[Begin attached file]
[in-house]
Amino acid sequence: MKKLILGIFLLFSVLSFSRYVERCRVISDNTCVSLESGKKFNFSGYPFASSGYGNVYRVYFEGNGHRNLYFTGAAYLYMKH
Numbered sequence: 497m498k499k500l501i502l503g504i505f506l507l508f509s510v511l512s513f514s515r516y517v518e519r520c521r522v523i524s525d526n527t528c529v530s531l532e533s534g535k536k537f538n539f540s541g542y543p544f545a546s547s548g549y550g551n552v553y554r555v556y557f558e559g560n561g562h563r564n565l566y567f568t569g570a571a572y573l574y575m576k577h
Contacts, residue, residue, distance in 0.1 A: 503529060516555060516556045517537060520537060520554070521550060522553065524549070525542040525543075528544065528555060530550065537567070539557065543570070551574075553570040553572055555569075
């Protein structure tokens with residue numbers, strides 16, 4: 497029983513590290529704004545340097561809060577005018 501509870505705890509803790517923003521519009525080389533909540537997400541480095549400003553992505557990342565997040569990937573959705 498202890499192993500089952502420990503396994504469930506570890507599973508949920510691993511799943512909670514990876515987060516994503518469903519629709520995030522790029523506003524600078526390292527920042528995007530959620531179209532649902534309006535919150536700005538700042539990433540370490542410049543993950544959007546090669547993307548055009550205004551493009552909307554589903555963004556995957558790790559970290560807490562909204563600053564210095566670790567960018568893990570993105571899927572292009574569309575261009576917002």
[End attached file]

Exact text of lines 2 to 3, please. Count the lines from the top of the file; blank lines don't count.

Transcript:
Amino acid sequence: MKKLILGIFLLFSVLSFSRYVERCRVISDNTCVSLESGKKFNFSGYPFASSGYGNVYRVYFEGNGHRNLYFTGAAYLYMKH
Numbered sequence: 497m498k499k500l501i502l503g504i505f506l507l508f509s510v511l512s513f514s515r516y517v518e519r520c521r522v523i524s525d526n527t528c529v530s531l532e533s534g535k536k537f538n539f540s541g542y543p544f545a546s547s548g549y550g551n552v553y554r555v556y557f558e559g560n561g562h563r564n565l566y567f568t569g570a571a572y573l574y575m576k577h